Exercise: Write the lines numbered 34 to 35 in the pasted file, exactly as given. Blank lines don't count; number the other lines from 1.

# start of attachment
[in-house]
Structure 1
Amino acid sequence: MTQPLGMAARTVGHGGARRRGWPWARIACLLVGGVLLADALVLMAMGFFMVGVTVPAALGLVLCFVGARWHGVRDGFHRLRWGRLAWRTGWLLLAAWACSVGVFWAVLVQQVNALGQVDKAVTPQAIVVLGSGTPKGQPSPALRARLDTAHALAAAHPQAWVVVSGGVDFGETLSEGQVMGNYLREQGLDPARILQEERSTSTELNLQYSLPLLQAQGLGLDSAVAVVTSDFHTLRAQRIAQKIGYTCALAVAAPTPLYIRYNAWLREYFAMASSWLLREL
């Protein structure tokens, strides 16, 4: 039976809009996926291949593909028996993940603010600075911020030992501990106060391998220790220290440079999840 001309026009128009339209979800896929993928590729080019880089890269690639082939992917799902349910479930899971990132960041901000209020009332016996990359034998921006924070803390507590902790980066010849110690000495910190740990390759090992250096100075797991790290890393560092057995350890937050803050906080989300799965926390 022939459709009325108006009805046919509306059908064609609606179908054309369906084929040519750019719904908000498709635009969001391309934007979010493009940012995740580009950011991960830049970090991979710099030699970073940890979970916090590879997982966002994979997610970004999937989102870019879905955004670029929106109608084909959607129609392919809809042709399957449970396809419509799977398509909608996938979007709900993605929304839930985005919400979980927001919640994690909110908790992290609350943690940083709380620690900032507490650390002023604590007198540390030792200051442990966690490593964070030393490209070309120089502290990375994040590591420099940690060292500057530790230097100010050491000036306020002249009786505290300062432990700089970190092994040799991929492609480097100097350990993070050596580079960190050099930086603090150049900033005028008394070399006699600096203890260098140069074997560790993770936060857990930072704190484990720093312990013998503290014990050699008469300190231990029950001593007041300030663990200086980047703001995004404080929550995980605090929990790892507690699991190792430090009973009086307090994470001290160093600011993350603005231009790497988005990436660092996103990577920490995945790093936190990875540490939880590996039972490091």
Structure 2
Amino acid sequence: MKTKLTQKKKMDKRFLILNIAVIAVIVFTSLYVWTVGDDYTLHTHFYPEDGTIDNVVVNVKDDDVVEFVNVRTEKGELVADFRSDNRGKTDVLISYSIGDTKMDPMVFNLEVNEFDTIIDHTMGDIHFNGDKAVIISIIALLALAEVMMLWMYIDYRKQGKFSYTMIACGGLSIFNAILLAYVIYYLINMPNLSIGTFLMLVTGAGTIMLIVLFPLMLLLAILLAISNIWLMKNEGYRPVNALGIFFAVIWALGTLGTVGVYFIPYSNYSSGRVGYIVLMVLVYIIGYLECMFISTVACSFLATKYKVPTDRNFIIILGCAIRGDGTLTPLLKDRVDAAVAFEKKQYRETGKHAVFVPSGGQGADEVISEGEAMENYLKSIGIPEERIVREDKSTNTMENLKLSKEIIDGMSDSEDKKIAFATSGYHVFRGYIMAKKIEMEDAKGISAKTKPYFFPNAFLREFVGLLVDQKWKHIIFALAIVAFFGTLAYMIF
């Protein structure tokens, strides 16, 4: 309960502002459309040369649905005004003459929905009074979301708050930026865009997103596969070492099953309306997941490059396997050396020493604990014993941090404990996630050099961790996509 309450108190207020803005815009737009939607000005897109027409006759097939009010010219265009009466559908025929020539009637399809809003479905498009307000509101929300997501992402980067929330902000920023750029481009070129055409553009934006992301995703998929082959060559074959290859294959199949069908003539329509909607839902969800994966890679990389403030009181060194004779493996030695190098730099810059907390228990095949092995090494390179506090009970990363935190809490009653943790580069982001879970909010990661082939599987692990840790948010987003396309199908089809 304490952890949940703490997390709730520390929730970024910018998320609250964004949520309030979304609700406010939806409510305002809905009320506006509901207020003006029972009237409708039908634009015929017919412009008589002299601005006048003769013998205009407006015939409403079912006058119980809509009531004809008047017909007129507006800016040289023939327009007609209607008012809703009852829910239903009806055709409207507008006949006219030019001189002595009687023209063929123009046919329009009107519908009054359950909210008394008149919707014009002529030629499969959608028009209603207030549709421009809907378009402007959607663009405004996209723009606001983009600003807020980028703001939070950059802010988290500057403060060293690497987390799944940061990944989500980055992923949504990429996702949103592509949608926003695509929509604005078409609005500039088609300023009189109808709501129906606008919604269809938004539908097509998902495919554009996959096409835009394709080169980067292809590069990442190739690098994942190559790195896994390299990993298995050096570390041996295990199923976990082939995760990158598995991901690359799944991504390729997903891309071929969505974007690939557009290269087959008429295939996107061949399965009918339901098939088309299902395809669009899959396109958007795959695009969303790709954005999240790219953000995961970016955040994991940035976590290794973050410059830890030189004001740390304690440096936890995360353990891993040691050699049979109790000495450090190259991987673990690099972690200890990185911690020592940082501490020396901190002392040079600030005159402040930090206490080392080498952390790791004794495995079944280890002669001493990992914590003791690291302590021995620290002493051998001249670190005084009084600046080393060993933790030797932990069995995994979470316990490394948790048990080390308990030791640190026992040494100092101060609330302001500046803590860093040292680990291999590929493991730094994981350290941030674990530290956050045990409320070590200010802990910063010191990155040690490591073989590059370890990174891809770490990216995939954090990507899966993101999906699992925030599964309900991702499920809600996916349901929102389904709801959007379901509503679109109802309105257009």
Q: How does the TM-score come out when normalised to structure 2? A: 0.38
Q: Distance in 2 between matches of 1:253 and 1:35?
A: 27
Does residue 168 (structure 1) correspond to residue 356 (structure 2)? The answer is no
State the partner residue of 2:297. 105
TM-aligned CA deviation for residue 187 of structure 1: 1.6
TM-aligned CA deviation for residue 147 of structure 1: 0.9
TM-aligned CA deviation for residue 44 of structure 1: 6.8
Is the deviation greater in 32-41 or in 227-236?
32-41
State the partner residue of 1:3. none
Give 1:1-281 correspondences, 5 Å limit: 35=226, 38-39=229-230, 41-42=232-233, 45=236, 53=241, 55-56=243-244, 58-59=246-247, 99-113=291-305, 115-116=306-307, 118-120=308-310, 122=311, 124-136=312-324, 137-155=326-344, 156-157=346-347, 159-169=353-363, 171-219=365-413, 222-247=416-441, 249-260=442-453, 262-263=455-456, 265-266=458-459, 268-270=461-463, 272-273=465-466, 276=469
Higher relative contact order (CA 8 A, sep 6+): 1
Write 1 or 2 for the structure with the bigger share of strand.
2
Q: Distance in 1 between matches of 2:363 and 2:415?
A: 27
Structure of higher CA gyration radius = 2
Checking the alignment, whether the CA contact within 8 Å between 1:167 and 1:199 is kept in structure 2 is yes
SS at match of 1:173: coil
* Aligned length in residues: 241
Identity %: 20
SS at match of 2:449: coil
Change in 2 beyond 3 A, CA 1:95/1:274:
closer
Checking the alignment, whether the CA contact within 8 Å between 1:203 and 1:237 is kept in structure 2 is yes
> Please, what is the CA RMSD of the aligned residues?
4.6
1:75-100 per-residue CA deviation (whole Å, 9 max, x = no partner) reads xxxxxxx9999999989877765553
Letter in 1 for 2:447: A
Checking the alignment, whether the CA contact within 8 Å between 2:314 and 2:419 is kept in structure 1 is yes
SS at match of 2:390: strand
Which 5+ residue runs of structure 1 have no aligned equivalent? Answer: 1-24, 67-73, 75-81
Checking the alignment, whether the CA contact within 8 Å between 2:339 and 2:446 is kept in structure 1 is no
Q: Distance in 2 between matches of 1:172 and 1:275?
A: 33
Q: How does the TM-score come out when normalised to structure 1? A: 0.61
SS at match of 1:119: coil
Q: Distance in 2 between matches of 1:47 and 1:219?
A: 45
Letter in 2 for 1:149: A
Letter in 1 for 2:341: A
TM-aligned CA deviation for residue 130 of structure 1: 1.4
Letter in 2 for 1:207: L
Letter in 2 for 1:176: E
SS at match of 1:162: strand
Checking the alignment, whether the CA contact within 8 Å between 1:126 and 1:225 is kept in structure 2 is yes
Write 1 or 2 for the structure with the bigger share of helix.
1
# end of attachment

> Please, what is the CA RMSD of the aligned residues?
4.6